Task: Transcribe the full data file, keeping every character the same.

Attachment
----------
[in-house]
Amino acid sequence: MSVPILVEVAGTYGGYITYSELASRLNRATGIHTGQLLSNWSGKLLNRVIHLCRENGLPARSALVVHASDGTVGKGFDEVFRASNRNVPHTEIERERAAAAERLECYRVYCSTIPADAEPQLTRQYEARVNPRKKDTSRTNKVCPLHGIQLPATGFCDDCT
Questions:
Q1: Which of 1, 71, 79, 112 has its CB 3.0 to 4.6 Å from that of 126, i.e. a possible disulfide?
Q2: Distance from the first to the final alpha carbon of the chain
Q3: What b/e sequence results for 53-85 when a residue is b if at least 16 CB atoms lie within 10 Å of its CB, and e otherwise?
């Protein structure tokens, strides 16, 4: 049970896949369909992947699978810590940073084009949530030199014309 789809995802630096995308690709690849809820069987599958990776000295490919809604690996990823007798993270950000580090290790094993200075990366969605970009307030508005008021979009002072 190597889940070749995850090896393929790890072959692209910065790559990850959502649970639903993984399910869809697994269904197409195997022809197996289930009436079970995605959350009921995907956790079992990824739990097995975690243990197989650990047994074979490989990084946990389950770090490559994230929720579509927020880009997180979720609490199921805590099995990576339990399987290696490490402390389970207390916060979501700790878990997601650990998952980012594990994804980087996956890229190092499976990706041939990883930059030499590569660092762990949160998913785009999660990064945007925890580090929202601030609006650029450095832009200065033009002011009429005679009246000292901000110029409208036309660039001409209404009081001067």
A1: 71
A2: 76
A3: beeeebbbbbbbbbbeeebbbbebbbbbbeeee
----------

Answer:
[in-house]
Amino acid sequence: MSVPILVEVAGTYGGYITYSELASRLNRATGIHTGQLLSNWSGKLLNRVIHLCRENGLPARSALVVHASDGTVGKGFDEVFRASNRNVPHTEIERERAAAAERLECYRVYCSTIPADAEPQLTRQYEARVNPRKKDTSRTNKVCPLHGIQLPATGFCDDCT
Questions:
Q1: Which of 1, 71, 79, 112 has its CB 3.0 to 4.6 Å from that of 126, i.e. a possible disulfide?
Q2: Distance from the first to the final alpha carbon of the chain
Q3: What b/e sequence results for 53-85 when a residue is b if at least 16 CB atoms lie within 10 Å of its CB, and e otherwise?
């Protein structure tokens, strides 16, 4: 049970896949369909992947699978810590940073084009949530030199014309 789809995802630096995308690709690849809820069987599958990776000295490919809604690996990823007798993270950000580090290790094993200075990366969605970009307030508005008021979009002072 190597889940070749995850090896393929790890072959692209910065790559990850959502649970639903993984399910869809697994269904197409195997022809197996289930009436079970995605959350009921995907956790079992990824739990097995975690243990197989650990047994074979490989990084946990389950770090490559994230929720579509927020880009997180979720609490199921805590099995990576339990399987290696490490402390389970207390916060979501700790878990997601650990998952980012594990994804980087996956890229190092499976990706041939990883930059030499590569660092762990949160998913785009999660990064945007925890580090929202601030609006650029450095832009200065033009002011009429005679009246000292901000110029409208036309660039001409209404009081001067």
A1: 71
A2: 76
A3: beeeebbbbbbbbbbeeebbbbebbbbbbeeee